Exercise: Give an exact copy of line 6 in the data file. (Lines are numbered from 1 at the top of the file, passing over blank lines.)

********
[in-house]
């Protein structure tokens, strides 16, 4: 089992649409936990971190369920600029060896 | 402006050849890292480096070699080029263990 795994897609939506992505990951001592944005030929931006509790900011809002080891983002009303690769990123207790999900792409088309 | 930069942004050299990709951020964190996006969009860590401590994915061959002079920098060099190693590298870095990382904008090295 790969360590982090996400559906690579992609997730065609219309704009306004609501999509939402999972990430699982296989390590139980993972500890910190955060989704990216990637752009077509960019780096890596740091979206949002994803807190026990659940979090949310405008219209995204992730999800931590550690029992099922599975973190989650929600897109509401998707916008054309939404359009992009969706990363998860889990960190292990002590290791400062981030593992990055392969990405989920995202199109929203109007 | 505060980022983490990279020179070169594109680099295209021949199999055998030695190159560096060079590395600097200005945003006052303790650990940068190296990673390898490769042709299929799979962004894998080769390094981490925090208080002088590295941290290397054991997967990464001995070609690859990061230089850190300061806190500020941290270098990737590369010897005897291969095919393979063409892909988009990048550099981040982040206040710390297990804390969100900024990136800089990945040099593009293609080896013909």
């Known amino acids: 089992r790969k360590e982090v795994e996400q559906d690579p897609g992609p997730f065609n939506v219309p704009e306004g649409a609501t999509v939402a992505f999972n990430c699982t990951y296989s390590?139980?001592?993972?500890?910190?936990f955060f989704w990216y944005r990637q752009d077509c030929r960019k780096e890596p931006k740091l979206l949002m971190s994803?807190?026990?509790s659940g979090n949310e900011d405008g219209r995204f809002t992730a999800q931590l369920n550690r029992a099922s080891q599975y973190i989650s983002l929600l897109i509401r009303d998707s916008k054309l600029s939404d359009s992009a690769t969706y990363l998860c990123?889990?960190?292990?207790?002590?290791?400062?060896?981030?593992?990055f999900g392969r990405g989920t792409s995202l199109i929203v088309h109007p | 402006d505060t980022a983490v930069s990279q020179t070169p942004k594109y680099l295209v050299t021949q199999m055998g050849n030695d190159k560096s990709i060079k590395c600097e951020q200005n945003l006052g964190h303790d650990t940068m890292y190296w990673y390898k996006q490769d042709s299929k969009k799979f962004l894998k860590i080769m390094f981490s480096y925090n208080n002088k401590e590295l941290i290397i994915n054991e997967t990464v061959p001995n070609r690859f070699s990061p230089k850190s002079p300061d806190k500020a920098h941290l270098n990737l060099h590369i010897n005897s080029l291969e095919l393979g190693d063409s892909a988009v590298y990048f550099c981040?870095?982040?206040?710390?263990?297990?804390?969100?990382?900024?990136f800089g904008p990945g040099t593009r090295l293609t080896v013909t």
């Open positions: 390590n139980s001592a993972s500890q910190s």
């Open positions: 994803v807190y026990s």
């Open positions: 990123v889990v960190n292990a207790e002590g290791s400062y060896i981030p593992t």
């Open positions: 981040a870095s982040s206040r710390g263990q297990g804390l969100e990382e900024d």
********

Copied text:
């Open positions: 990123v889990v960190n292990a207790e002590g290791s400062y060896i981030p593992t």